Sunday, August 14, 2011

'Mon The Biff

Biffy Clyro - Revolutions // Live At Wembley (WB/14th Floor, 2011)
It’s easy to imagine rock titans like Foo Fighters and Muse selling out the gargantuan Wembley Stadium, but it’s a considerably impressive mark of their boon in popularity that the Scottish misfits, who were the support act for both, have achieved the same feat. Biffy Clyro have worked harder than most to fill that arena, their underdog story climaxing back when they broke out of the alt-rock ghetto with Puzzle in 2005. Having altogether shed the wiry eccentricities of their earlier material for leaner and more focussed work without obscuring their fiery energy or fans, an army of followers under the banner cry of: “mon the Biff”

Armed with an incendiary spirit and muscular tunes aplenty, they rock with the fearsome enthusiasm you’d expect from three lads born-and-bred on a diet of Nirvana and distortion pedals. Opener The Captain is custom built to shake venues’ foundations while That Golden Rule, still their most brutal track, is suitably monstrous in performance. There’s an anthemic allure to their sensitive moments too, especially the acoustic singalong of Machines and the delicate Folding Stars. While the lion’s share of the set wisely prioritises Puzzle and Only Revolutions, some older favourites make a welcome appearance. 57 and All The Way Down in particular, undergo a beefy update that perfectly slot alongside the shining rally of rousing performances, finishing with the chart-bothering Mountains with as much energy as they mustered from the beginning.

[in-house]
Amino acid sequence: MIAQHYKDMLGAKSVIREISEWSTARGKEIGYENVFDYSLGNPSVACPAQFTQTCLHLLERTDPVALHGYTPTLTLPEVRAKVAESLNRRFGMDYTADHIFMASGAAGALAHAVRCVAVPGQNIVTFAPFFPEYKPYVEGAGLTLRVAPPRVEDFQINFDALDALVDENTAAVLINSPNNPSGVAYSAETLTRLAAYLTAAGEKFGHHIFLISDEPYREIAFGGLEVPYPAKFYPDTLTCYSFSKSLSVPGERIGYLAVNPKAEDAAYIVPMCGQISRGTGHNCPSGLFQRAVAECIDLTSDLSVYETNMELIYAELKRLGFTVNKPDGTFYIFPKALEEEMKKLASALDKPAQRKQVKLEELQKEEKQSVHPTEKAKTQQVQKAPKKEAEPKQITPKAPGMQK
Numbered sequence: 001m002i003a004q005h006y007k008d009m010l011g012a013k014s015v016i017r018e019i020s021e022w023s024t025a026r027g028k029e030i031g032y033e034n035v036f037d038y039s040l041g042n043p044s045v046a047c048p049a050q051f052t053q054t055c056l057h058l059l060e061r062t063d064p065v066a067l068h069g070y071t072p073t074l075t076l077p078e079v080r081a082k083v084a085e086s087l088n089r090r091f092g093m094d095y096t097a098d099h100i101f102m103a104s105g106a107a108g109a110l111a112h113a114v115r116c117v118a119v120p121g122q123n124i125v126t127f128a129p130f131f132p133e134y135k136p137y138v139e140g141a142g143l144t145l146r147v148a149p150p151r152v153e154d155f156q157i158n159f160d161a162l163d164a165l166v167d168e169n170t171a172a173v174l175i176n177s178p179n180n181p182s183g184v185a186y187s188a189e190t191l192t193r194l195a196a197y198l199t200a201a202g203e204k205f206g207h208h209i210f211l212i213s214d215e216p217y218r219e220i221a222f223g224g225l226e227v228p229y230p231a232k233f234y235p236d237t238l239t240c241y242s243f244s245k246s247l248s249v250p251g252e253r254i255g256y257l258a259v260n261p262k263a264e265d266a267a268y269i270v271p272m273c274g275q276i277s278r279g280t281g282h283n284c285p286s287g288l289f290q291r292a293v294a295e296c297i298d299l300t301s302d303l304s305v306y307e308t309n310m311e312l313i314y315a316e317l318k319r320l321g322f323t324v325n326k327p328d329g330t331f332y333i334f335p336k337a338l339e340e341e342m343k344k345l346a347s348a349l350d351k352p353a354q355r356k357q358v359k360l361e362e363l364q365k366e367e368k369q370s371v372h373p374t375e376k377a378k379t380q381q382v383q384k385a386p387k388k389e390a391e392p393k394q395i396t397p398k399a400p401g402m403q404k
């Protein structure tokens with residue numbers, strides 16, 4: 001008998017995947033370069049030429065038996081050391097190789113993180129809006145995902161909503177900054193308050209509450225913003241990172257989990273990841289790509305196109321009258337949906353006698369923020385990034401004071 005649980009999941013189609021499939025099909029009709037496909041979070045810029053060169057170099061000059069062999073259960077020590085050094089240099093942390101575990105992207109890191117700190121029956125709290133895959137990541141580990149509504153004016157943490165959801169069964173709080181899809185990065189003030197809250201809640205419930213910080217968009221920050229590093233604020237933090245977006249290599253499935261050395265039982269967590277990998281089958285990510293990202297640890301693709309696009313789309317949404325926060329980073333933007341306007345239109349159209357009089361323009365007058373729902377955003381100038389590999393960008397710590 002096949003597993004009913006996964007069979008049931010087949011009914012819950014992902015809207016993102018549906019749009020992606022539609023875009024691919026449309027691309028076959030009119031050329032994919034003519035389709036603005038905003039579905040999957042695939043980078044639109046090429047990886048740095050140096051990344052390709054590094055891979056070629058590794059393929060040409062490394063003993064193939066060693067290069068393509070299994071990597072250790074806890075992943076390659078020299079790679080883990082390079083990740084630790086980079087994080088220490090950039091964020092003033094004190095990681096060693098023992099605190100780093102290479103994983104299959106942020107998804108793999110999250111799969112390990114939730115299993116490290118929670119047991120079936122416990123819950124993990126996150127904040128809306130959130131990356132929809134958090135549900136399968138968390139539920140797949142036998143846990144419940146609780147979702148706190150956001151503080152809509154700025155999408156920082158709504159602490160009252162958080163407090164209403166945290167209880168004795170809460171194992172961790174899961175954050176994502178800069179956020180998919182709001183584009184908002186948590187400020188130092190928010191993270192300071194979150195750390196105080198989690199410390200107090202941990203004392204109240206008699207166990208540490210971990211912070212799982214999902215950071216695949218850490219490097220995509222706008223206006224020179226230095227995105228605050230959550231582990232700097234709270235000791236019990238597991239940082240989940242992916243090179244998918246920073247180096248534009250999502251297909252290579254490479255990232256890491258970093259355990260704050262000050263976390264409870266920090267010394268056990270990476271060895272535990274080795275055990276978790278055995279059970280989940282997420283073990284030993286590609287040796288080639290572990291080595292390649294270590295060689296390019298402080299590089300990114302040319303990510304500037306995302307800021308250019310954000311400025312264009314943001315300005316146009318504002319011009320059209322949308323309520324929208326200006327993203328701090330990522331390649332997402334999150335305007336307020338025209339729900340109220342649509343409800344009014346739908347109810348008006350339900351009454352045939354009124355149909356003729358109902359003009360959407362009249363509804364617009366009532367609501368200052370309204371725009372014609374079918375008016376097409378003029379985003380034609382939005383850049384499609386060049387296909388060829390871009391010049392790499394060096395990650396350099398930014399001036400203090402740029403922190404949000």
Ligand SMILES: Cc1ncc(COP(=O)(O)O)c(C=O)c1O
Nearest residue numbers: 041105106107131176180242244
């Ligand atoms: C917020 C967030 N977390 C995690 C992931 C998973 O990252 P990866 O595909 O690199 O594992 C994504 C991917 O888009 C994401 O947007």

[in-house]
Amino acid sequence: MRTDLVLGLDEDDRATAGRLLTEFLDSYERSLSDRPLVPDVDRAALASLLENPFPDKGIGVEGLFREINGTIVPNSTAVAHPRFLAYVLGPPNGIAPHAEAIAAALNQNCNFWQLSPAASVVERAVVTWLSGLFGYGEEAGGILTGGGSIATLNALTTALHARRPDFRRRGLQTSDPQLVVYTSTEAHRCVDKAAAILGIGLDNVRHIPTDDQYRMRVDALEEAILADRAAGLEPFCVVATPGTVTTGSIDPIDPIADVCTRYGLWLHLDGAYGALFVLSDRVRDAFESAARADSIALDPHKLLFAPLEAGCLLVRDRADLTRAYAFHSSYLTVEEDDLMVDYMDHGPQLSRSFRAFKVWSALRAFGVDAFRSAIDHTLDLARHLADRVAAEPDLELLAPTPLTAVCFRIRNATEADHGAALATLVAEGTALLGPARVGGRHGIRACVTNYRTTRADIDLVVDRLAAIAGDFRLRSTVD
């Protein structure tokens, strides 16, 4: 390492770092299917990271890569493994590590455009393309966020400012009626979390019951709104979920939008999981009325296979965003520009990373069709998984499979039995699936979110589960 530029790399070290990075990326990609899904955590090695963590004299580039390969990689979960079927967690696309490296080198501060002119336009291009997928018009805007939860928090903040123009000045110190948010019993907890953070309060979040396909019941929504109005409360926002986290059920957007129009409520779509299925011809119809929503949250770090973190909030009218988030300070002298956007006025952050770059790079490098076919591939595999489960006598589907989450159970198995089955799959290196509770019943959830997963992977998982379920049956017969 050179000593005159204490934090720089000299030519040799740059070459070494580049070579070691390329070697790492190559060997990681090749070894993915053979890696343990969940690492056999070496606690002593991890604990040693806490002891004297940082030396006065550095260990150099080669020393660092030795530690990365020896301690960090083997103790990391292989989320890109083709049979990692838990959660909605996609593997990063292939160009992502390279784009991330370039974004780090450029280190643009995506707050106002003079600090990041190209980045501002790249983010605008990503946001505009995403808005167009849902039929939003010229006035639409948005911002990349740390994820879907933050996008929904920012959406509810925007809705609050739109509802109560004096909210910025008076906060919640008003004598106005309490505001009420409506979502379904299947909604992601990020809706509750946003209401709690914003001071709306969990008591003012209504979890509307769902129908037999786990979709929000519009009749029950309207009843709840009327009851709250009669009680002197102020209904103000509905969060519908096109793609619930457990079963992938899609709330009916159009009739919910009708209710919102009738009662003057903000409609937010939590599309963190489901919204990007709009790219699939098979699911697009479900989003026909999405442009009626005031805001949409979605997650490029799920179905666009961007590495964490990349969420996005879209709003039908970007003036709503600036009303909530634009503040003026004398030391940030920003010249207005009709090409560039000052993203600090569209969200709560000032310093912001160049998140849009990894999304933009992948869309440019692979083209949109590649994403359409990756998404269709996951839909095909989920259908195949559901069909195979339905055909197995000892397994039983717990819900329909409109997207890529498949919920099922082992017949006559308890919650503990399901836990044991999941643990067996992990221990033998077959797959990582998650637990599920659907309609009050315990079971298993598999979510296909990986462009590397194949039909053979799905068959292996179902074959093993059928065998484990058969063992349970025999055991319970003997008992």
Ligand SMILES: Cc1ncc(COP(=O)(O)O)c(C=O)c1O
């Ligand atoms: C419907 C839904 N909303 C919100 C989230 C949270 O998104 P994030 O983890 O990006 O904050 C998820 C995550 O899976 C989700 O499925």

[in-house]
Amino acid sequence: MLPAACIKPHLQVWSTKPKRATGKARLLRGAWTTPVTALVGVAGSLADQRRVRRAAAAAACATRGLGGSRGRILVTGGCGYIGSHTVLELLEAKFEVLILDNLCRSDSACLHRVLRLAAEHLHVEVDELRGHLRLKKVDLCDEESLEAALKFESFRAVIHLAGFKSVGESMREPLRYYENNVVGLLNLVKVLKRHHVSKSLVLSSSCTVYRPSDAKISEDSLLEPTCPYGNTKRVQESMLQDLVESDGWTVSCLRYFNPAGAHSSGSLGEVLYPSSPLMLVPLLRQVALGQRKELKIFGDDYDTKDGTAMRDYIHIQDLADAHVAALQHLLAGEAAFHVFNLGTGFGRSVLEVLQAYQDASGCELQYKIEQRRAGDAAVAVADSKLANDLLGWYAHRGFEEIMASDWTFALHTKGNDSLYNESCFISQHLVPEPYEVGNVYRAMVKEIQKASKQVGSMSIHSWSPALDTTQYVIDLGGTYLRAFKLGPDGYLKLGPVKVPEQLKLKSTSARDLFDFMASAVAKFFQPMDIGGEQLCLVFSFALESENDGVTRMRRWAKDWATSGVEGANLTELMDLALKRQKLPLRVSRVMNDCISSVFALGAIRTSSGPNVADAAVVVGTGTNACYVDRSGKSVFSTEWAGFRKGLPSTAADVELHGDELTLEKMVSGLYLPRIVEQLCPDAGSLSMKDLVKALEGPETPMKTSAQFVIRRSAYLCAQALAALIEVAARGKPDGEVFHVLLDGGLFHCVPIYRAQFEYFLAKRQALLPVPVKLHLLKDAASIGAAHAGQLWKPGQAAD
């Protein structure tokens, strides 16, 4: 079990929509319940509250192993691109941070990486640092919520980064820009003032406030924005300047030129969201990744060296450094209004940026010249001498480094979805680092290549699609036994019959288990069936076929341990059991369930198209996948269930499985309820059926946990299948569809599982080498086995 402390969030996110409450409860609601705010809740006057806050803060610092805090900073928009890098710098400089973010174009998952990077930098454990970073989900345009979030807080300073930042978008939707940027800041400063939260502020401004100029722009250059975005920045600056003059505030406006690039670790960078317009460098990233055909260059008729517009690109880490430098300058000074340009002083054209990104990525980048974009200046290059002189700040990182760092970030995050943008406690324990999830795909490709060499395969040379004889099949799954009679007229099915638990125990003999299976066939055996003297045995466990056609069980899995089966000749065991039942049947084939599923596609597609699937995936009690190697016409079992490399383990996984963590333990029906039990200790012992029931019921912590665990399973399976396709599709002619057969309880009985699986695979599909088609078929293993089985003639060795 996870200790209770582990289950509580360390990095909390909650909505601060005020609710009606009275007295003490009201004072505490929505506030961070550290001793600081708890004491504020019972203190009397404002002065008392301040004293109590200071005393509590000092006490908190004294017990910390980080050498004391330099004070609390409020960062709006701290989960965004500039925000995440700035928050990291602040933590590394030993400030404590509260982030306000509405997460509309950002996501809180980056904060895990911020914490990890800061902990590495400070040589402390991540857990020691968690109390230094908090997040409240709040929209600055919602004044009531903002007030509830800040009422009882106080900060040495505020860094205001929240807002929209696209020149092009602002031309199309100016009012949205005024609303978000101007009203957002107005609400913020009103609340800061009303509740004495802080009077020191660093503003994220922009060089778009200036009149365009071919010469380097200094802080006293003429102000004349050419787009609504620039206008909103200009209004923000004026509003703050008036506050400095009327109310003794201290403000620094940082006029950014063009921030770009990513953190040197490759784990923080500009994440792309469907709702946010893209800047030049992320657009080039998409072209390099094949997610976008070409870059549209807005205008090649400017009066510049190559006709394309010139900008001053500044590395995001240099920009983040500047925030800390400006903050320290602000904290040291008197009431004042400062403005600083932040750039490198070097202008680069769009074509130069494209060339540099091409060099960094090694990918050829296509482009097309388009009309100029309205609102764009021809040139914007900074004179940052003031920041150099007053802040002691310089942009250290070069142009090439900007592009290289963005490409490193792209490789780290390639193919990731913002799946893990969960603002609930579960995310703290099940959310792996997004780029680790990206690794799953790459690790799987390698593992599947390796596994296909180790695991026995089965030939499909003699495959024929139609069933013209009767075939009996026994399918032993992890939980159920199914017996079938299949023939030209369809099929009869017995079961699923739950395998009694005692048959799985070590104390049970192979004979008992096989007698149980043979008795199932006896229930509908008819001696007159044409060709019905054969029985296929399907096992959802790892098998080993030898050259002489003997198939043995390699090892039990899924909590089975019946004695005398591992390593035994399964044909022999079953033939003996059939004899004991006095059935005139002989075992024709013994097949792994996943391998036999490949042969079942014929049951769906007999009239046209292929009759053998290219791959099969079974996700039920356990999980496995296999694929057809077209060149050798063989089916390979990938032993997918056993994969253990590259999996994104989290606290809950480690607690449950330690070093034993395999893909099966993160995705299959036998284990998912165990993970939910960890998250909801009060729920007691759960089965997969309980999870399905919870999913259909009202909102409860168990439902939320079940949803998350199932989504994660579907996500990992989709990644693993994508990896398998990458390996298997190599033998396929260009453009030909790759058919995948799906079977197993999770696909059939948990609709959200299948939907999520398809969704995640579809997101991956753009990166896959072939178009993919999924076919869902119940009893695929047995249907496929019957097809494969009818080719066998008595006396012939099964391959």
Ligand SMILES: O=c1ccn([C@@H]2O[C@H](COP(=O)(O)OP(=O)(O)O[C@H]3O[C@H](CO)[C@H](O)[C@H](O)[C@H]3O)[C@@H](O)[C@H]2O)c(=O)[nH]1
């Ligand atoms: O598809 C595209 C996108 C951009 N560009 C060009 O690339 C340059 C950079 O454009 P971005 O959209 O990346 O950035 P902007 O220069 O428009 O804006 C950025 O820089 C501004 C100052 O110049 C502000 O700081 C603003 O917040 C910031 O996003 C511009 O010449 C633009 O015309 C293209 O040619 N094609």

It’s a real shame then that the DVD half of the set makes for such frustrating viewing. While it conveys the sense of pomp and scale, it’s predictably shot, with lots of requisite shots of fans screaming along at the top of their lungs. There’s also an obsessive use of slow-motion to portray the band’s antics as somewhat heroic. This stylistic approach undermines the live Biffy experience and doesn’t do the sweaty appeal of three topless, bearded men hurling themselves into their every song justice. Frontman Simon Neil’s shaggy, tattooed frame and charming brogue acting as the passionate linchpin (and a charming interviewee) while the intensity of the rhythm section, powered by the brothers Johnston, ensures their vigorous execution, augmented by guitarist Mike Vennart (of the now defunct Oceansize, RIP).

Revolutions still manages to accurately document a band operating at the peak of their powers, with the perfect grasp of the key elements needed to deliver a memorably big show

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